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Kanchi Thalaivaas ! ~ History of Pallava Kingdom

Posted on the 26 September 2021 by Sampathkumar Sampath

உங்களுக்கு சரித்திரம் பிடிக்குமா !  - பள்ளி நாட்களில் மொகலாயர்கள் ஆண்டது !, கஜினி, கோரி முகம்மது படையெடுப்புகள் விவரமாக படித்தோம். பானிப்பட்டு யுத்த விவரங்களை மனப்பாடம் செய்தோம் ! - தென்னிந்தியாவை ஆண்ட மூவேந்தர்கள்  - சேர, சோழ, பாண்டிய மன்னர்களின் போர்களையும், அவர்கள் கலைகளை வளர்த்ததையும் படித்தோம். பல்லவ சாம்ராஜ்யம், மாமல்லபுரத்து சிற்பங்கள், சாளுக்கிய மன்னர்கள் - தமிழ் மன்னர்களின் கடாரம், இலங்கை படையெடுப்புகள் வியக்க வைத்தன. எனினும் நாம் அறிந்த விவரங்கள் மிக குறைவு .. ..  த்ரிலோசனை பல்லவர்  என்ற மன்னவரைப்பற்றி கேள்விப்பட்டு இருக்கிறீர்களா !!

Kanchi Thalaivaas !  ~ history of Pallava Kingdom

The history that we studied in Schools was more of British, Mughals invasion and the like .. and in South Indian history, we read about Chera, Chozha, Pandya, Pallava, Chalukya kings too – ever heard of Trilochana Pallava ? – I have not !!

Of the trinity (Moovendargal) – the Chera country was geographically well placed to profit from maritime trade via the extensive Indian Ocean networks. The Cheras of the early historical period   had their original center at Karur and harbours at Musiri, Thondi as also governed the   Malabar Coast between Alappuzha in the south to Kasaragod in the north.  

The heartland of the Cholas was the fertile valley of the Cauvery River, but they ruled a significantly larger area at the height of their power from the later half of the 9th century till the beginning of the 13th century.  The most prominent kings were - Rajaraja Chola I and his successors Rajendra Chola I, Rajadhiraja Chola, Virarajendra Chola, and Kulothunga Chola.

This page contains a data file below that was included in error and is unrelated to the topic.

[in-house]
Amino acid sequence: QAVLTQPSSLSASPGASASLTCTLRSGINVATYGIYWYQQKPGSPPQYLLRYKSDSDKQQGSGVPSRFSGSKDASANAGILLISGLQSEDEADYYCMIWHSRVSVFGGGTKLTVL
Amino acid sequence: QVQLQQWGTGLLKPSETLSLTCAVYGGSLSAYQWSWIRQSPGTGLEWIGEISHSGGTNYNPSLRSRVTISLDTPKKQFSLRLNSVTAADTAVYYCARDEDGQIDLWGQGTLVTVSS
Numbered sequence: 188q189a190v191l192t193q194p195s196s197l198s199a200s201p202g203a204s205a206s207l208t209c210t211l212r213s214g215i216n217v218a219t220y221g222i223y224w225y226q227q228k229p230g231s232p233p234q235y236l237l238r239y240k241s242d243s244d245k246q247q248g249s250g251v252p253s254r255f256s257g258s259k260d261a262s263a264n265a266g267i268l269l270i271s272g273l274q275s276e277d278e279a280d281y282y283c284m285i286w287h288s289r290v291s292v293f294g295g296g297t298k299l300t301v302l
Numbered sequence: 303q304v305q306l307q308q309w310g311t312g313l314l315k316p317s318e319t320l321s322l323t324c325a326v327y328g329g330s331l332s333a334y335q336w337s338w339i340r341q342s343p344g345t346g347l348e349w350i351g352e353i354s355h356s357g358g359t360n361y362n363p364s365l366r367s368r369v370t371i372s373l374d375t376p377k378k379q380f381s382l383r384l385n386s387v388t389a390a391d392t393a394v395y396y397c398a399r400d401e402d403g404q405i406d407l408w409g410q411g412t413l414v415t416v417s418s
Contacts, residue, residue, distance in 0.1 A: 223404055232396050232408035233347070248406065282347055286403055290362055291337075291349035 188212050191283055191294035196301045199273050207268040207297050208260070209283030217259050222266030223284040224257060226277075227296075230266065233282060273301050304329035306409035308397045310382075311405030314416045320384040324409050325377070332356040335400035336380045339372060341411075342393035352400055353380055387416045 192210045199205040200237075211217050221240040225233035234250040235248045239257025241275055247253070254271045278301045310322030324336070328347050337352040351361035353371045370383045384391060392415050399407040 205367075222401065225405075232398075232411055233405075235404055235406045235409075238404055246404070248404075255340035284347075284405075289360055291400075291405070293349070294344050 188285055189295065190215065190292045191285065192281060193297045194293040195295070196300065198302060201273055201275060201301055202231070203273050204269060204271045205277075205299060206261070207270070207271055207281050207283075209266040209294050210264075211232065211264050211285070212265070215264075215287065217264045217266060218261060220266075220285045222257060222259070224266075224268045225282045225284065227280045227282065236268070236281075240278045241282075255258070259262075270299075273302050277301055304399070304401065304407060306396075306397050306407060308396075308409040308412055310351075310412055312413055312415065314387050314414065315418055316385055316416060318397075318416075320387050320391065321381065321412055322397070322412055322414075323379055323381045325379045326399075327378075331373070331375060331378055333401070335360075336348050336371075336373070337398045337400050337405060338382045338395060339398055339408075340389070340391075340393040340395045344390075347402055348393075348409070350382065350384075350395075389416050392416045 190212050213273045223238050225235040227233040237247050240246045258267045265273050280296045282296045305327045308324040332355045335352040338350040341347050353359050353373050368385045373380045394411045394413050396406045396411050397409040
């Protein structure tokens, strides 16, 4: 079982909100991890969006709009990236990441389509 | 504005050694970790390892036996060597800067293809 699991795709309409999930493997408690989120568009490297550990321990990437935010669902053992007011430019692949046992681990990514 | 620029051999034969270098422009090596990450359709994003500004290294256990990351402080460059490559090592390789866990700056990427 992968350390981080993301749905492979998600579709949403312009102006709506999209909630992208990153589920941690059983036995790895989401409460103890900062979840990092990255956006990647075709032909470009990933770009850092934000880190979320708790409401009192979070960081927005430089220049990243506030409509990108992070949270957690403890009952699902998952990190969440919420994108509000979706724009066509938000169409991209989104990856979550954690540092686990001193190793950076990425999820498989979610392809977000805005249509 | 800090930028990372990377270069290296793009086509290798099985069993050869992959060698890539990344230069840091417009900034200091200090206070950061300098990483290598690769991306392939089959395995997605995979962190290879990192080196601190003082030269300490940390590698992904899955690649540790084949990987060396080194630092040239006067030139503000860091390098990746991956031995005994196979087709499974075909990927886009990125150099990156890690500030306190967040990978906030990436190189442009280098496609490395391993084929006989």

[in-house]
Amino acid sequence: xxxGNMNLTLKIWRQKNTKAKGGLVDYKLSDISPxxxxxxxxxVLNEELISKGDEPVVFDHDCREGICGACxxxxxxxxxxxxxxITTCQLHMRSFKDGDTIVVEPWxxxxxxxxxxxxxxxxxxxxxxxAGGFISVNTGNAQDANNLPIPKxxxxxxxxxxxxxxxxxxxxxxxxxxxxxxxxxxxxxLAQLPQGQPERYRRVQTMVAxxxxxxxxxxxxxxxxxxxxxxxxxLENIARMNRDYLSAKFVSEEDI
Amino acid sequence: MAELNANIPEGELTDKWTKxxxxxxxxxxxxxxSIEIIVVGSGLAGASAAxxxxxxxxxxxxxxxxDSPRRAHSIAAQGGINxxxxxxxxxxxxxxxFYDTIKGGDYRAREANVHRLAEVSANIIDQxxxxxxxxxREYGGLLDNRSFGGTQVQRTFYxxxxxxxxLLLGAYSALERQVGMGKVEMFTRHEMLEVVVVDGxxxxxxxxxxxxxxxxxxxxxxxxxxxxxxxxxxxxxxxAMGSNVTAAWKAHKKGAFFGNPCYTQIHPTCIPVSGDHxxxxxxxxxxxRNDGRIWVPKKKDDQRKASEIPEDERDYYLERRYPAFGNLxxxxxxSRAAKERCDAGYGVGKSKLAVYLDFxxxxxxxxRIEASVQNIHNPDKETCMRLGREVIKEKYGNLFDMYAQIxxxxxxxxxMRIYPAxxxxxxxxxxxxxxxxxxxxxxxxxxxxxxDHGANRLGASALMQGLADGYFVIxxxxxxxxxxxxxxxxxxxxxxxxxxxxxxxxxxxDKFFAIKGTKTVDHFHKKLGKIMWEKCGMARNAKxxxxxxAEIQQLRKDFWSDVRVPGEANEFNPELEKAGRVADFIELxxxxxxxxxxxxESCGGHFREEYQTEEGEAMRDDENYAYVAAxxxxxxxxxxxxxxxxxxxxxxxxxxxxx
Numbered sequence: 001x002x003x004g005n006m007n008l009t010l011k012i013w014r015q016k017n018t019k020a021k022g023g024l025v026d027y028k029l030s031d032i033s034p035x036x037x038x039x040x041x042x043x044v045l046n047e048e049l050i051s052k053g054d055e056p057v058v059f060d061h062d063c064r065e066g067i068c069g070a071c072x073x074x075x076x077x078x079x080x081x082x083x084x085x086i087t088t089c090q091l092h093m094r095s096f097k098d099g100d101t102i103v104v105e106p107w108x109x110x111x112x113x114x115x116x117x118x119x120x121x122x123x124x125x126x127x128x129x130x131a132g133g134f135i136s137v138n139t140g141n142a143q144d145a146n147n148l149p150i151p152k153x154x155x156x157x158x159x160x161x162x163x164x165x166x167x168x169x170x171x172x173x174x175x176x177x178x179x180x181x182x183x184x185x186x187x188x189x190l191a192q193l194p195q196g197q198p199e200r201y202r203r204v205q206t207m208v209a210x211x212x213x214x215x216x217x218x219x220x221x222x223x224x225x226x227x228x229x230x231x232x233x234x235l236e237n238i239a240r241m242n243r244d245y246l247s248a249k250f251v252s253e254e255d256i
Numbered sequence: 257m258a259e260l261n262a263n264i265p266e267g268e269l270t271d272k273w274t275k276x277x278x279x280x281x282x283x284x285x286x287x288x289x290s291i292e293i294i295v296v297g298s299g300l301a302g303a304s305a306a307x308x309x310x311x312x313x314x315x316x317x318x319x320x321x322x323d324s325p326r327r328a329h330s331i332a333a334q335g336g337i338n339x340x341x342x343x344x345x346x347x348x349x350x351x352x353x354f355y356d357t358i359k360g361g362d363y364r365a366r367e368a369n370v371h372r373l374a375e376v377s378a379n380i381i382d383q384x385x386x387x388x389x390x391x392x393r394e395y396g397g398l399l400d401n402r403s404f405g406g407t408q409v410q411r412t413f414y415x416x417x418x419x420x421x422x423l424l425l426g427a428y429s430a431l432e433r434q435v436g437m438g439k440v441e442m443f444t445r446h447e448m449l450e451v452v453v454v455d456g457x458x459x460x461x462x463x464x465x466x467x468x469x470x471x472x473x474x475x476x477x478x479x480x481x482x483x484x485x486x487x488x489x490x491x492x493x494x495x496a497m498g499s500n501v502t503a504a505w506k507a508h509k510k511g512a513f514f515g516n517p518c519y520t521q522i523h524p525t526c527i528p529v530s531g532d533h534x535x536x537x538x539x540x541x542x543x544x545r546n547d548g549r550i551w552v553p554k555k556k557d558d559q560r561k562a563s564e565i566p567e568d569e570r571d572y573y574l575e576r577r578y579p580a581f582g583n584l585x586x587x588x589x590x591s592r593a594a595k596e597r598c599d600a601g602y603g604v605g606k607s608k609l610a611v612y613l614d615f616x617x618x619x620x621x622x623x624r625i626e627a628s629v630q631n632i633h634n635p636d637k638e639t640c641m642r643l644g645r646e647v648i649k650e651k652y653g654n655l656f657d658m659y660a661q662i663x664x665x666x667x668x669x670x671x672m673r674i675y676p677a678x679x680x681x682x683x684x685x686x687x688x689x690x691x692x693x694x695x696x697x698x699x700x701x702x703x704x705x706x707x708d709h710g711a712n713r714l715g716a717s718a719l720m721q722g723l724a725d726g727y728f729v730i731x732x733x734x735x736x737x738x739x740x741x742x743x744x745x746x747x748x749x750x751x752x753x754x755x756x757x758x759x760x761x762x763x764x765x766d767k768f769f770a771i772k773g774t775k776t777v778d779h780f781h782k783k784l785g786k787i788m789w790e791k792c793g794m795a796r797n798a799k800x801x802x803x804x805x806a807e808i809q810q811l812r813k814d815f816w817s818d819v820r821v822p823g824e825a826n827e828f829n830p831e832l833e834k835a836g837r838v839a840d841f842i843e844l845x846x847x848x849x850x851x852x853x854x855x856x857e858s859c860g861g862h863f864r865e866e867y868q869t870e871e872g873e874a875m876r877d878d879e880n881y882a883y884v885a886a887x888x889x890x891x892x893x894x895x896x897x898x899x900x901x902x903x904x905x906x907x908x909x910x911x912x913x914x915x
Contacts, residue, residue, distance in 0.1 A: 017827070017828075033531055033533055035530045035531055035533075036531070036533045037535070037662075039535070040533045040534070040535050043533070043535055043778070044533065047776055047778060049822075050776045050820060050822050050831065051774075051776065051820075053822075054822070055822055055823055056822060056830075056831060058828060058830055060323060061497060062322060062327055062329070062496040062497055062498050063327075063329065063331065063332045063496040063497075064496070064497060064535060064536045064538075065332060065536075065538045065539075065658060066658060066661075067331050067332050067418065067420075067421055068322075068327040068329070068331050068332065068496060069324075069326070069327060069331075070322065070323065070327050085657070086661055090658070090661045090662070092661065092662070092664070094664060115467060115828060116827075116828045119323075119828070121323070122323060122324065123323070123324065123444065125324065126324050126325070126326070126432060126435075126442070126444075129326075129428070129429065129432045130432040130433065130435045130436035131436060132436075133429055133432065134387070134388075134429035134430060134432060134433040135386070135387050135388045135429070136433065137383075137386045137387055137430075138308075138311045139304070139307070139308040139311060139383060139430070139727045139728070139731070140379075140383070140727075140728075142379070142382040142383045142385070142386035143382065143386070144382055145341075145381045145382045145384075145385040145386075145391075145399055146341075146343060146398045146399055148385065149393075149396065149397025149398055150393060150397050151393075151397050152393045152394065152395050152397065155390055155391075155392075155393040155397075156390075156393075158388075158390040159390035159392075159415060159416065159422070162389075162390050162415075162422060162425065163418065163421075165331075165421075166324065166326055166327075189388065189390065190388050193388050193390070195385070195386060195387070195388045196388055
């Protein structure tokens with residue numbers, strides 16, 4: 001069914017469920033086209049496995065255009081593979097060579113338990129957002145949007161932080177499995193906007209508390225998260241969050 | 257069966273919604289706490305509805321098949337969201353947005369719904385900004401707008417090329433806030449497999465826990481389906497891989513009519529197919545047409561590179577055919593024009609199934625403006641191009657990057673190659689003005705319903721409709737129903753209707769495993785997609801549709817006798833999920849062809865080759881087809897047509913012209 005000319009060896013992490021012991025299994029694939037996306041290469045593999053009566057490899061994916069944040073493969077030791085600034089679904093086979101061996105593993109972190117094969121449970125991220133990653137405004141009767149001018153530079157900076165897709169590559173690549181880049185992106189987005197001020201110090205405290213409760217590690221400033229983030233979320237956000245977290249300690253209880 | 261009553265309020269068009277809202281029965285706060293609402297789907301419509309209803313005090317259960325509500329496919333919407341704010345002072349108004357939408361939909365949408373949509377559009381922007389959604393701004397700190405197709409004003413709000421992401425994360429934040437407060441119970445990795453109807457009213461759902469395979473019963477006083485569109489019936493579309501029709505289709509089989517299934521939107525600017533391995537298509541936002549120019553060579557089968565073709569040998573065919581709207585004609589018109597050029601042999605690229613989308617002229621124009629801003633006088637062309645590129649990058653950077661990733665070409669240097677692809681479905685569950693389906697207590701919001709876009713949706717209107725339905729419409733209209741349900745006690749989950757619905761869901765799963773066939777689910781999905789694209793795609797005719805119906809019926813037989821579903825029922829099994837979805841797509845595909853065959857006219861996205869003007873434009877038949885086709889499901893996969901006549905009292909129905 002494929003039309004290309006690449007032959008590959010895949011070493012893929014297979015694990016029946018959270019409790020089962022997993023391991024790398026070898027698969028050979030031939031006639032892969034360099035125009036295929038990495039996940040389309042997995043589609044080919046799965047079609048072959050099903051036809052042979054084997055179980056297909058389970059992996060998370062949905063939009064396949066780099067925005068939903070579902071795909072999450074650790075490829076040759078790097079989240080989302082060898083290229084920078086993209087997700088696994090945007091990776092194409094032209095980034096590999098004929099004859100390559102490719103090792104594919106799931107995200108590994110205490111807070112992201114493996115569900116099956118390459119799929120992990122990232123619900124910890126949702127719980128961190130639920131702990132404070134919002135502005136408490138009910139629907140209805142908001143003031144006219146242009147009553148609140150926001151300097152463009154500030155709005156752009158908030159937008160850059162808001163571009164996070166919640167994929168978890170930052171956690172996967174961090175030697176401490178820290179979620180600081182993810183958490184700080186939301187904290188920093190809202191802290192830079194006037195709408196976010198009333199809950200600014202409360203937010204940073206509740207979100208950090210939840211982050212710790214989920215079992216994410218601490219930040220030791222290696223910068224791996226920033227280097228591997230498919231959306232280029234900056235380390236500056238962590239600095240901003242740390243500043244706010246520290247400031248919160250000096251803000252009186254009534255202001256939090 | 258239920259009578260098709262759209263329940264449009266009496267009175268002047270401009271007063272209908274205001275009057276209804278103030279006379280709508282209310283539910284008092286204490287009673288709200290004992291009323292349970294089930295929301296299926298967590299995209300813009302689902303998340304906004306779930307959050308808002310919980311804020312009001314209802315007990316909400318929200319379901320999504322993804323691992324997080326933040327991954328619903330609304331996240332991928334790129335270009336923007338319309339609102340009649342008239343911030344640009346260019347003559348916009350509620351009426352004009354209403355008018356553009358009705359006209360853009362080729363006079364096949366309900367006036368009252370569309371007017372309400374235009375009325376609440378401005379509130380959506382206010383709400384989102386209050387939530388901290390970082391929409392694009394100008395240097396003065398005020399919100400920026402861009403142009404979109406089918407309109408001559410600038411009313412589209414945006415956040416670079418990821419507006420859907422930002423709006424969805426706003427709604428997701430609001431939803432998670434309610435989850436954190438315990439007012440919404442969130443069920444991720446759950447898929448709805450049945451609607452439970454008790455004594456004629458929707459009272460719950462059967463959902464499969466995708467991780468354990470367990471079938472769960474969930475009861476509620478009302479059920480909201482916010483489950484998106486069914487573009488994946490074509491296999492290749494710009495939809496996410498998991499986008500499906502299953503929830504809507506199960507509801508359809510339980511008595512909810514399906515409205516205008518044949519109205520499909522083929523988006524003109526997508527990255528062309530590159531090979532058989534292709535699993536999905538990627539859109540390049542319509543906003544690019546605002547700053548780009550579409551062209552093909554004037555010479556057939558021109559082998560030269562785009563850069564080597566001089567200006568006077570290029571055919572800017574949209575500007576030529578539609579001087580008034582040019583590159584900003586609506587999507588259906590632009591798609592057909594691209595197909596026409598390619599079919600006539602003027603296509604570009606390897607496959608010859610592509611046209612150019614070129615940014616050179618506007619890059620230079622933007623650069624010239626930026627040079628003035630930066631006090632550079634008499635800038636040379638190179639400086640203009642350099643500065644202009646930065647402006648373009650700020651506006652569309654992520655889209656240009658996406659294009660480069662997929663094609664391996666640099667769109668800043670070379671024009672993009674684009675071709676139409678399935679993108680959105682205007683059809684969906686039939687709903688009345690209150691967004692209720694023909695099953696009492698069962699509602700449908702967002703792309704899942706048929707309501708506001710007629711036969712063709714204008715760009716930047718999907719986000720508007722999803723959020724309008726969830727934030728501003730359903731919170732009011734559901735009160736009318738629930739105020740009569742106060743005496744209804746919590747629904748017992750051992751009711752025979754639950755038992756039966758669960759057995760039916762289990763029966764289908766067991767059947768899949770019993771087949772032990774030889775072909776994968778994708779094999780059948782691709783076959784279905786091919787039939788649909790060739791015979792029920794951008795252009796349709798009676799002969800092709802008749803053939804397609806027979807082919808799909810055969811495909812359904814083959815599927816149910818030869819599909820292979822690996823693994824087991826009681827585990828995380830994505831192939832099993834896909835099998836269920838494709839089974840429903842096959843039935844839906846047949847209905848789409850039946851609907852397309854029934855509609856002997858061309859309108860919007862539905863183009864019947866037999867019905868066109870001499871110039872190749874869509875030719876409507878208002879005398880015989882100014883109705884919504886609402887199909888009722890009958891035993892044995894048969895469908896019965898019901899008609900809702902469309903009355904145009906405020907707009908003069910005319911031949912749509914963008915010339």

The Pandyas kingdom was ruled from  city of Madurai and the southern port of Korkai.  The Pandyas entered their "golden age" under Maravarman I and Jatavarman Sundara Pandya I. The Pallava dynasty   existed from 275 CE to 897 CE, ruling a portion of southern India. They gained prominence after the eclipse of the Satavahana dynasty, whom the Pallavas served as feudatories.  Prominent Pallava kings include:  Mahendravarman  and Narasimhavarman.  Throughout their reign,   they were in constant conflict with both Chalukyas of Badami in the north and the Tamil kingdoms of Chola and Pandyas in the south.  

Trilochana, Trinayana, Trinétra, or Mukkanti  ( all these are synonymous and are the names of a single individual) is a mysterious figure that stalks the stage of the South Indian History. He is purportedly a Pallava king (hence his name Kádnvetti) who played a conspicuous part in stemming the tide of the Chálukya invasion from the north. 

Kanchi Thalaivaas !  ~ history of Pallava Kingdom

Pallava kingdom : https://www.mapsofindia.com/history/pallava-dynasty.html

However, in the opinion of some scholars  ‘Trilochana Pallava was a mythical king'! , and has history ignored  Trilóchana altogether !! or is he seen only as a mythical king and not a real one who existed in Pallava lineage ?    Although several inscriptions refer to Trilôchana  Pallava, some  evidence are not regarded as trust-worthy; for they belong to a period considerably  posterior to the time at which he is supposed to have lived.  

So historians mostly refer to traditional references - tradition is a species of history that had grown up for centuries in our villages. All the important villages in South India used to keep an account of their origin and growth. These were known as dandakavilás or kaifiyats in the Telugu districts. The karnam or the Village accountant was its custodian. He would record all the important events concerning the village that happened in his time, and pass it on to his successor. It would, thus, grow in bulk from generation to generation, each generation making its own contribution to the history of the village. Thus flourished a species of recorded events.